The Pet Professional Guild (PPG) has appointed Rachel Hayball of Woof Less Wag More Dog Training and Behaviour in Beaminster, Dorset, as regional coordinator England, for its Shock-Free Coalition.
The coalition is part of a global advocacy campaign which aims to end the practice of administering electric shock to train, manage, and care for pets. As regional coordinator, Hayball will work directly with PPG leadership in tandem with its legal and public relations partners to begin working on legislation worldwide.
Following its launch in September 2017, the establishment of regional chapters across the United States and internationally has marked the second phase of the Shock-Free Coalition and focuses on growing the brand through localised advocacy activities.
As one of the first regional coordinators, Hayball will help build their role from a grassroots level alongside colleagues both nation and worldwide. PPG are still taking applications for additional regional representatives.
The Shock-Free Coalition is the first advocacy program of its kind to have been initiated by a member association for pet professionals. Its goals include engaging and educating pet owners and shelter/rescue workers to help them make informed decisions about the management, care and training of the pets in their charge; building a worldwide coalition that provides pet owners access to competent, educated pet industry service providers; and creating widespread pet industry transparency and compliance regarding how professionals implement their services and communicate their philosophy to pet owners.
Niki Tudge, PPG president, said: â€śThe role of Shock-Free Coalition coordinator is an exciting one for individuals who are passionate about the initiative, the pledge and its goals, and who want to work closely with PPG to move our advocacy platform forward. With the added support of a legal team, this will be a dynamic and fast-paced movement.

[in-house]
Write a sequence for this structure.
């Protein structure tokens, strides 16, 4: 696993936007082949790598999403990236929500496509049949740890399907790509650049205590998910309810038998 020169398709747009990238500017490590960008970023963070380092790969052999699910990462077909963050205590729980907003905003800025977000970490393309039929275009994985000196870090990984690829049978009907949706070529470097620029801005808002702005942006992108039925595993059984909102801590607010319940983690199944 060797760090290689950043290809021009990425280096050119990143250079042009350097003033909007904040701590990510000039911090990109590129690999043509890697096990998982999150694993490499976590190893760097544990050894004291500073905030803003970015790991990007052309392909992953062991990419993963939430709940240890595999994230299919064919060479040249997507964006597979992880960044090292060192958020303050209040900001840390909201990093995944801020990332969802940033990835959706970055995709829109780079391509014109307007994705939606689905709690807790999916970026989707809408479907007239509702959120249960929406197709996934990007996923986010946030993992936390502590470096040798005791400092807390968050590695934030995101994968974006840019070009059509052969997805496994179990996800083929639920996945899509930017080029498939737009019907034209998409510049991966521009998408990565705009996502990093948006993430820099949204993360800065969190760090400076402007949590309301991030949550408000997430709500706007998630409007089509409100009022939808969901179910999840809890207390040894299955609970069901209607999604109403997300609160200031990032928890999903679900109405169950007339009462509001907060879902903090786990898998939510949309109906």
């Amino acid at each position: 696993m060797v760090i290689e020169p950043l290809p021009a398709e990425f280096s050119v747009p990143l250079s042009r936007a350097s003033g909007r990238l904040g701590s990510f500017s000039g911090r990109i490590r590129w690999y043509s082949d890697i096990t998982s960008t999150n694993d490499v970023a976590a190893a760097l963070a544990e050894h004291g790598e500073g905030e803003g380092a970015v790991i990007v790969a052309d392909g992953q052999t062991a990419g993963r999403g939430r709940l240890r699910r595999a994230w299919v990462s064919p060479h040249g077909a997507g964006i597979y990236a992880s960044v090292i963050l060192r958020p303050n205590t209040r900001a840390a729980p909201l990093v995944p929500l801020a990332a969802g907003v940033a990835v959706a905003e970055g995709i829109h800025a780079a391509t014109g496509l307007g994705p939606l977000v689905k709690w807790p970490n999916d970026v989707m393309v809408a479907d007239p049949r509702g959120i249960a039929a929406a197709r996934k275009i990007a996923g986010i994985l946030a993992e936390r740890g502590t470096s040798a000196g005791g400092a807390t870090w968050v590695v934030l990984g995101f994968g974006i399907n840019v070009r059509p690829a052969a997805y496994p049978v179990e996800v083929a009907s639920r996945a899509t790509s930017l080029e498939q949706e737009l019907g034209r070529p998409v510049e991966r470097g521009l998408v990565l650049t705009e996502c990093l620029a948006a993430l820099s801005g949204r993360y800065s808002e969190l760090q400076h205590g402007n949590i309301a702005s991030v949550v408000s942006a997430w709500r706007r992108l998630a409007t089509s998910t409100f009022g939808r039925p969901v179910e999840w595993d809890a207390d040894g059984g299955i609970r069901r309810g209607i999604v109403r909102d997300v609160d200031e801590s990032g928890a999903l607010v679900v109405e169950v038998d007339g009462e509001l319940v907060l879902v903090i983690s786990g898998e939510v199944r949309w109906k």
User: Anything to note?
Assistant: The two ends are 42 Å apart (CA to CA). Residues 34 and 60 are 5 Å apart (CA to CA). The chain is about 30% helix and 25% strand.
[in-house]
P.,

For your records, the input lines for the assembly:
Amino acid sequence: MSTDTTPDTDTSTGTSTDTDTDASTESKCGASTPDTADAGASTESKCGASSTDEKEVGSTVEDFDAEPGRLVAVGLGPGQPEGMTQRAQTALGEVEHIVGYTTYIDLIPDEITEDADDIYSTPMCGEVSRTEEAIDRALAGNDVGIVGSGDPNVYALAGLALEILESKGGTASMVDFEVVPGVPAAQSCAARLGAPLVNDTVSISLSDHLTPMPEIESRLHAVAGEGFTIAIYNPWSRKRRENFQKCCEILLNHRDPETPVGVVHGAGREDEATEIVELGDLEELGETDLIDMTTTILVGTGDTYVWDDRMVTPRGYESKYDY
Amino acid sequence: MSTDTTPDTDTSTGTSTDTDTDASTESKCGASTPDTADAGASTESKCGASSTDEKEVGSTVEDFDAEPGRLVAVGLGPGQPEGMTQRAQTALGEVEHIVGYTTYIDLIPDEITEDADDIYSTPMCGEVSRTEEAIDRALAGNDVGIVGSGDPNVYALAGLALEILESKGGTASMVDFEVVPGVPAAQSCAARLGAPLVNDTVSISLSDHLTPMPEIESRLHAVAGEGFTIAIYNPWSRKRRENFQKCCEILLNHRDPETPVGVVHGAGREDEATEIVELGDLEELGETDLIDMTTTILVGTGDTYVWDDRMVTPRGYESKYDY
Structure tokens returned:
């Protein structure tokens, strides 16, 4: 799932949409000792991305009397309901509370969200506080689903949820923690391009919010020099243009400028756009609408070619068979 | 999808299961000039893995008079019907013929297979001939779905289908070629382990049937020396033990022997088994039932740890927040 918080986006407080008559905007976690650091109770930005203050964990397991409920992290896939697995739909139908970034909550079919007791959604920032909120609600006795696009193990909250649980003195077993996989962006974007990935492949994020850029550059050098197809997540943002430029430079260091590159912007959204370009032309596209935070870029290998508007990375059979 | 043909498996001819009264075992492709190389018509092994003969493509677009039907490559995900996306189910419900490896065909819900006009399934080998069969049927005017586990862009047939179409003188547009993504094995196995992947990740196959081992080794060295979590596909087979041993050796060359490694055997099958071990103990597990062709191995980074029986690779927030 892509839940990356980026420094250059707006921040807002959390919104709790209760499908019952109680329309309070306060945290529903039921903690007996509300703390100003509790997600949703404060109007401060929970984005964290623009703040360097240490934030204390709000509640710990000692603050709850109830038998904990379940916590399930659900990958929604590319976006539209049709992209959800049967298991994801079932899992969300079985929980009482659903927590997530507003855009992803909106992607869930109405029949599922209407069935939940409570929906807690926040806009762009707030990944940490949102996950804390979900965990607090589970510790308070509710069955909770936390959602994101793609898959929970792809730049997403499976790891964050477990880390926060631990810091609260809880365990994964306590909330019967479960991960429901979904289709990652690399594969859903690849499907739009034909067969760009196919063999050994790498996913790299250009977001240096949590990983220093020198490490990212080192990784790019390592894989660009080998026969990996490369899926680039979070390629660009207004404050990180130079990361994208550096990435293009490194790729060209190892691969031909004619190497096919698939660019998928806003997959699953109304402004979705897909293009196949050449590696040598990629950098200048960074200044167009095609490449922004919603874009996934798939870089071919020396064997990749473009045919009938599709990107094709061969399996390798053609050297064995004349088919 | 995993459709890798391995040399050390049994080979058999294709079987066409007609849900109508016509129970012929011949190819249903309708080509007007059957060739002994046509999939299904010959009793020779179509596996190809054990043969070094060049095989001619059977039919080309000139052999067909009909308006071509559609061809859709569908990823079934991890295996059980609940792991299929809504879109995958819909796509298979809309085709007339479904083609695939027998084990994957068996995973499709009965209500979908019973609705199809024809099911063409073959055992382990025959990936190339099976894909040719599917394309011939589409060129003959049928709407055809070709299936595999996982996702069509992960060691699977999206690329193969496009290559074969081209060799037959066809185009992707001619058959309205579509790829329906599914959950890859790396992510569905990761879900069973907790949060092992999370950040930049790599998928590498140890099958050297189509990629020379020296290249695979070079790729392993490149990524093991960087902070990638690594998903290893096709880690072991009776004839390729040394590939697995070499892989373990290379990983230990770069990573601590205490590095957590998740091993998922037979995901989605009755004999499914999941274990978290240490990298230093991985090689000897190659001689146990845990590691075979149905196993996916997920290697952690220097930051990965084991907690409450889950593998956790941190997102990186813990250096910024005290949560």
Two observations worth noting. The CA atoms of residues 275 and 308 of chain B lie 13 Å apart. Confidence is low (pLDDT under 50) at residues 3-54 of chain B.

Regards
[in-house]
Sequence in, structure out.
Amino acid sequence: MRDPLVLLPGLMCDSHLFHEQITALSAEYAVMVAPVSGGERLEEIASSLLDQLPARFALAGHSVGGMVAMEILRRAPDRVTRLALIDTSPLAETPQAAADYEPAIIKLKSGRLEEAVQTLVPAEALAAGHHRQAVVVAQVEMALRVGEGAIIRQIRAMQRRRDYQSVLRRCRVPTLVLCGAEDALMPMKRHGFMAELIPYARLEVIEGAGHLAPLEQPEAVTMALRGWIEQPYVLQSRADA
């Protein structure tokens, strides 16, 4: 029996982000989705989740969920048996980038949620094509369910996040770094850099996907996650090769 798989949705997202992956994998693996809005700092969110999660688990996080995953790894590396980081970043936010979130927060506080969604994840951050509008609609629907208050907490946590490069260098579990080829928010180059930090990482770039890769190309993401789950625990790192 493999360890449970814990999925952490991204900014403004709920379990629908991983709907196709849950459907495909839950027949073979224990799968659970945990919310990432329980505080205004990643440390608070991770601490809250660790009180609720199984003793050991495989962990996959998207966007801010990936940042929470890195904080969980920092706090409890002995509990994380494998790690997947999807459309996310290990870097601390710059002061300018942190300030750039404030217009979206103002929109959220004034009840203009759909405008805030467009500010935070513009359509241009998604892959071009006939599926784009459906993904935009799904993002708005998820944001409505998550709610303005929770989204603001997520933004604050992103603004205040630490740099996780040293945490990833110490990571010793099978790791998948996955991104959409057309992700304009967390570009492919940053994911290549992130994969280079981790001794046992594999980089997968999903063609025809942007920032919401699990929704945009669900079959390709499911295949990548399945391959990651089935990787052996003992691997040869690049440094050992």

â€śThe drive to ban electric shock in the pet industry is gathering momentum and it is time for the associations and organisations representing pet training and behaviour professionals to take a stand and make public policy decisions on the use and potential fallout of electric shock collars. This is a watershed moment for PPG and the lives of our pets and we are delighted to have Rachel Hayball onboard to support us in this very important initiative.â€ť
Hayball added: â€śGiven the growing body of scientific research, we now know that electric shock causes both physical and psychological damage to pets. As we already have highly effective, positive, humane training alternatives available to us, there is absolutely no reason for shock to play any part in the current pet industry culture of accepted practices, tools or philosophies.
â€śUnfortunately, pet owners are often unaware of the huge disparity in methods trainers and pet professionals may be using, and only find out when they are left to deal with the fallout, which includes the risk of more fearful or aggressive behaviour, or indeed, a complete shutdown where no behaviour is offered at all.â€ť
â€śAs regional coordinator for the Shock-Free Coalition, I look forward to helping raise awareness amongst pet owners of the risks of aversive training devices such as shock collars, guiding them towards more effective, scientifically-sound alternatives, and improving the lives of pets and their owners throughout England,â€ť she concluded.